This should take you about 15 minutes from start to finish, it's a very easy and fun project you can use to get started with a laser cutter. You're going to need the following:
1x Laser cutter.
1x Scrap piece of something the laser can cut. (I used cardboard)
1x Photoshop or similar. (As long as you can enlarge, blur, and adjust contrast you should be fine)
1x Corel Draw or similar. (Inkscape/AI etc will work just as well)
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Step 1: Generate Your Code.
The first thing you're gonna wanna do is generate your QR code. I find that qrcode.kaywa.com works really well. You can use whatever you want, but be aware that you're going to have to do a lot more work as the codes get more complex as all the whitespace might not end up being contiguous right off the bat and you'll have to manually edit your code to make sure that it is. I used techshop.ws for mine since that's where I made this stencil. Once you're happy with your code save it out and open it in Photoshop.
Step 2: Resize the QR Code.
Once you've got your QR code open you'll need to resize it so that it's a bit easier to work with. You can do this by hitting Alt+Ctrl+I or navigating to Image -> Image Size. Once you're there make it bigger by about 1000%, make sure the scale factor is an integer. (A multiple of 100%) Also make sure that your resampling algorithm is set to "Nearest Neighbor".
Step 3: Make Sure You've Got Contiguous White Space.
Next you should edit your code to make sure all the whitespace is contiguous. In this code I only had to edit the targeting markers in the corners. I simply turned on the grid (Ctrl+') and drew 45 degree angle white lines through two of the corners.
NOTE: It's not necessary to edit white pixels that share a corner with the rest of the white space, we'll solve that problem in the next step.
Step 4: Round Your QR Code for Easier Stenciling.
Here you're going to blur your image, I used a gaussian blur (Filter -> Blur -> Gaussian Blur...) at about 9 pixels for this size of image. You want to make sure your code is still recognizable but the edges are nicely rounded. After you've blurred your image go apply a brightness and contrast adjustment (Image -> Adjustments -> Brightness/Contrast...). Make sure you've got the "Use Legacy" box checked and play around with the values until you get a good result where the whitespace is all contiguous but the code isn't so distorted that it won't read. If you have trouble reading the code go back and play with the setting on the blur filter and contrast adjustment. Once you're satisfied with your code, save it out and open up Corel Draw.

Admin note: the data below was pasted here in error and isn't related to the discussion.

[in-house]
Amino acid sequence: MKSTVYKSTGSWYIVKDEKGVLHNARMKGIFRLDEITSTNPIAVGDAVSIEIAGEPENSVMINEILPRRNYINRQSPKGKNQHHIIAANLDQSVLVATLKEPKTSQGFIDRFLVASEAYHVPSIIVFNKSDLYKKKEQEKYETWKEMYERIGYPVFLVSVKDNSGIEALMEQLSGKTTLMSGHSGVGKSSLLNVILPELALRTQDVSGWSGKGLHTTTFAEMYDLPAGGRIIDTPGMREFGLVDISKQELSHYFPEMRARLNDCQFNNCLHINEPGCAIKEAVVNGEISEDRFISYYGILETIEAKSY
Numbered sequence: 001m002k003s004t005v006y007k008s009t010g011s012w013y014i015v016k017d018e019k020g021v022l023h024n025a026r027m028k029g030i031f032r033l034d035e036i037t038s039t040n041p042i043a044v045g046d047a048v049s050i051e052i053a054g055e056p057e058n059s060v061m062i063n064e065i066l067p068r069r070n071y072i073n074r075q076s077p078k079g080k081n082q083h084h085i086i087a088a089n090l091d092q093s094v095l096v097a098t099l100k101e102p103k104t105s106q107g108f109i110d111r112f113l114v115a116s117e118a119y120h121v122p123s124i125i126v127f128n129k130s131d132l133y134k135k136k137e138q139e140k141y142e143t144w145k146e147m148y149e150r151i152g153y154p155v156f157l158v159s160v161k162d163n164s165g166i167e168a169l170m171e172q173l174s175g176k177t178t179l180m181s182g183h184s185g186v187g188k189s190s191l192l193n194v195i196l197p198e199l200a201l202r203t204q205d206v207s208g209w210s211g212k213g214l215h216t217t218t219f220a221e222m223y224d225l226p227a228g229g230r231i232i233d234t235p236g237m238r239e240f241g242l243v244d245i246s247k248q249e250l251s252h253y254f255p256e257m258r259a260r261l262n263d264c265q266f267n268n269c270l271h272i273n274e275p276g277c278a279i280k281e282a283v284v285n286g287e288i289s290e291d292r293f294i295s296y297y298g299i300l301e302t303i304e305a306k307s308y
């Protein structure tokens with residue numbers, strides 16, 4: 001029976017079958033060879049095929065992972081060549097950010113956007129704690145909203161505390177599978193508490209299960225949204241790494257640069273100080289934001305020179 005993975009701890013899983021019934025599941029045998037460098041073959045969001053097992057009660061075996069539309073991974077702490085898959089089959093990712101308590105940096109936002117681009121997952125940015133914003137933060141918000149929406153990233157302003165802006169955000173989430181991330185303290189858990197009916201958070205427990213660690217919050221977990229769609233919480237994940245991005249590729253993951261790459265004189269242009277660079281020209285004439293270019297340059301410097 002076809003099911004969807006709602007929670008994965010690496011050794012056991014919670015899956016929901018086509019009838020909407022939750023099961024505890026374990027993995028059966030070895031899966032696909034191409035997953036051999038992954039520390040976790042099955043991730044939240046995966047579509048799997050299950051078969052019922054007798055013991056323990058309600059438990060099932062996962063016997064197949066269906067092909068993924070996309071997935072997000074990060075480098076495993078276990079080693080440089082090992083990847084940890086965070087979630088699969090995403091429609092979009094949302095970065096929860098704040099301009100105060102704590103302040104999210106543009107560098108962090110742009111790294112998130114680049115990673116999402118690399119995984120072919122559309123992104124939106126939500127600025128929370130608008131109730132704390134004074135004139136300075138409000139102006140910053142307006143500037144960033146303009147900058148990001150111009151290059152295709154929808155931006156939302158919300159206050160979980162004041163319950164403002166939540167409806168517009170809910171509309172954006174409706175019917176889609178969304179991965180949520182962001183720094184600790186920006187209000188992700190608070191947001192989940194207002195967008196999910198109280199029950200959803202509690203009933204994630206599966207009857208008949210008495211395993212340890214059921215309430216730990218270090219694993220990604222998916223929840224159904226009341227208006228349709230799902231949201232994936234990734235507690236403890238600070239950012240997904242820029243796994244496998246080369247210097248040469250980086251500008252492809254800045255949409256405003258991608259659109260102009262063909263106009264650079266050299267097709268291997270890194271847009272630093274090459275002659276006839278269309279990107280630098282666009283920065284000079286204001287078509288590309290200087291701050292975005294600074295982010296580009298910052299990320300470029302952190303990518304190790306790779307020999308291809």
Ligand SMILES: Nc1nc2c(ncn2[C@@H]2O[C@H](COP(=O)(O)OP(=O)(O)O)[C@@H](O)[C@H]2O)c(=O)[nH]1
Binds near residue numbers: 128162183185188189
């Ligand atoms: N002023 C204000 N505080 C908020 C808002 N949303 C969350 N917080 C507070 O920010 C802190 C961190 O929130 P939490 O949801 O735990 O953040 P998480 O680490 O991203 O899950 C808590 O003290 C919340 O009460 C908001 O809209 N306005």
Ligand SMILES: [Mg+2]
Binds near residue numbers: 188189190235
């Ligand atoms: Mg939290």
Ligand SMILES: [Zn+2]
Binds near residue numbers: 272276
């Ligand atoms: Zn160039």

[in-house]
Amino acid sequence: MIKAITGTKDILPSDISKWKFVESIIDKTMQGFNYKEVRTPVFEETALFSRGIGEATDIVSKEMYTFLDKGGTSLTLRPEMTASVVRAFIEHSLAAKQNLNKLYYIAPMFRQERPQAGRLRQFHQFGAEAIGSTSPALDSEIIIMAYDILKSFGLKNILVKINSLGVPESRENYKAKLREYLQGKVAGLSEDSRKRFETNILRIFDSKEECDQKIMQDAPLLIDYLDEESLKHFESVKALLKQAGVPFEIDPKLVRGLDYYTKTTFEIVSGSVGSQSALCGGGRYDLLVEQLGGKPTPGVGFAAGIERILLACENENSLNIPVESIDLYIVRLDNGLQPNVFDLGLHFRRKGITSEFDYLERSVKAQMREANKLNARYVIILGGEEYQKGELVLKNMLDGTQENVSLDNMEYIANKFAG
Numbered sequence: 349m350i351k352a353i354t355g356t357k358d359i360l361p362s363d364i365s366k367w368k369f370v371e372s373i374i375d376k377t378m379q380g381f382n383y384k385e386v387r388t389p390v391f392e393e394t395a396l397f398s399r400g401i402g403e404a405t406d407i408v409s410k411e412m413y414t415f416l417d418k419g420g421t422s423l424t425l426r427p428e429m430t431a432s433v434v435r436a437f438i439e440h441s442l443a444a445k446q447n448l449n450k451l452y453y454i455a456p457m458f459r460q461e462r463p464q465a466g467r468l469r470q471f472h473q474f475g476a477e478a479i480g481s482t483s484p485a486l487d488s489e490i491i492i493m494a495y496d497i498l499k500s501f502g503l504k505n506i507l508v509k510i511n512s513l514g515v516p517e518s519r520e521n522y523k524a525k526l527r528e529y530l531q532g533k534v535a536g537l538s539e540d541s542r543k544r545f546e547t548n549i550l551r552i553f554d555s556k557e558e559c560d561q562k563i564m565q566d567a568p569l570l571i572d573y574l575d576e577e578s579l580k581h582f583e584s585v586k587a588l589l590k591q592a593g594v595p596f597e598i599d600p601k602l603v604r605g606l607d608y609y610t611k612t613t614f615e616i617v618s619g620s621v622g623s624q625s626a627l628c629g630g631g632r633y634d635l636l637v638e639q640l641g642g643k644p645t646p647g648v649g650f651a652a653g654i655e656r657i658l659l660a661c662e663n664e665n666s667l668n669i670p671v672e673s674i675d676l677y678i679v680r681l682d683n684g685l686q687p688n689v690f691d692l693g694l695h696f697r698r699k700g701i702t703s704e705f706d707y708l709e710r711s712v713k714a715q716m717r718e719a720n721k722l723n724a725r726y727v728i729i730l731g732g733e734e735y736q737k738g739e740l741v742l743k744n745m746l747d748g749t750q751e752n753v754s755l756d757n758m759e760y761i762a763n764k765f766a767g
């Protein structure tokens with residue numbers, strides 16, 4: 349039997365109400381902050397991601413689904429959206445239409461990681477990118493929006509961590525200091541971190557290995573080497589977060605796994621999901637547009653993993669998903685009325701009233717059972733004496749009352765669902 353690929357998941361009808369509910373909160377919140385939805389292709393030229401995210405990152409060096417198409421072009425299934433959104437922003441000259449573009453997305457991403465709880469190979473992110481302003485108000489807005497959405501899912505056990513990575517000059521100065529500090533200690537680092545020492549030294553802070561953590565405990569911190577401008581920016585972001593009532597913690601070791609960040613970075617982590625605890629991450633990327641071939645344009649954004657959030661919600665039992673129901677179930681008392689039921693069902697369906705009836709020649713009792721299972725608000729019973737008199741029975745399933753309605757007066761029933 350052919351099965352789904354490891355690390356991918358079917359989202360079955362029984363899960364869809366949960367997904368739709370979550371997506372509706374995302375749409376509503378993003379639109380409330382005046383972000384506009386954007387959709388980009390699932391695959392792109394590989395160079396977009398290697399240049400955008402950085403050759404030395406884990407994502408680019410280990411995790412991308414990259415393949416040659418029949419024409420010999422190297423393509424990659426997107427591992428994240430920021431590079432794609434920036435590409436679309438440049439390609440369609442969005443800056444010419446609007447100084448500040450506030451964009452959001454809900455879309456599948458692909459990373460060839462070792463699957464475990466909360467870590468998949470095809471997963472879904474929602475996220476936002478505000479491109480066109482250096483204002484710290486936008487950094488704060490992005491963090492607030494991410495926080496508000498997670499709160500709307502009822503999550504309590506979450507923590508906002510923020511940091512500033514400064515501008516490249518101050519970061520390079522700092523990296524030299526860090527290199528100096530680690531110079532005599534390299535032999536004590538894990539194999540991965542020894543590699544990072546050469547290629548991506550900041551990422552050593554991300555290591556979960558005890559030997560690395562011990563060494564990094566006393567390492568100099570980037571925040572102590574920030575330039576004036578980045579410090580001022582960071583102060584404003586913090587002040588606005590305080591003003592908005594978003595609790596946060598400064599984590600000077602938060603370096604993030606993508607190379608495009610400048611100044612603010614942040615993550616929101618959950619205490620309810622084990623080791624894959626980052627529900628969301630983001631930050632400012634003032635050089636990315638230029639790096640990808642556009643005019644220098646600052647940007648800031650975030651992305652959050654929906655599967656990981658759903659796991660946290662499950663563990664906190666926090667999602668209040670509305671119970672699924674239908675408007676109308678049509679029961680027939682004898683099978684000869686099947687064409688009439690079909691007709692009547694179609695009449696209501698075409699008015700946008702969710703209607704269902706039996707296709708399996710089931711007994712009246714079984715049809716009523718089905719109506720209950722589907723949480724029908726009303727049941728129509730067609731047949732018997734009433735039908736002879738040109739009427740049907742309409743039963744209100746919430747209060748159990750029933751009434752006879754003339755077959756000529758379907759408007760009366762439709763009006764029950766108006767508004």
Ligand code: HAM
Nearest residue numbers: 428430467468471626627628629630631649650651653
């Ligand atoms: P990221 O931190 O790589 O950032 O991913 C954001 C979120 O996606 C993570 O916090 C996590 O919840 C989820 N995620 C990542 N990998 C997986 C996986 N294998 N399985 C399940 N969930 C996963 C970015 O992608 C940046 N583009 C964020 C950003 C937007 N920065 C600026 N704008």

Step 5: Create Cutting Vectors.
Create a new file in Corel Draw and drag your QR code image in. With you image selected go to Bitmaps -> Outline Trace -> High Quality Image. The default setting should work just fine. Once your image is traced simply remove the fill and set your outlines to hairline thickness and you're ready to cut your stencil. Throw whatever it is you've decided to cut the stencil out of in the laser bed, make sure you've got appropriate power settings and hit go.
NOTE: You might want to draw an outline around your code if you've got a big piece of material in the laser bed and you're not planning on using all of it for the stencil. I used a simple rounded rectangle.
Step 6: You're Done!
Your finished product should look something like this. Congratulations and well done! I made it at TechShop and you should too.
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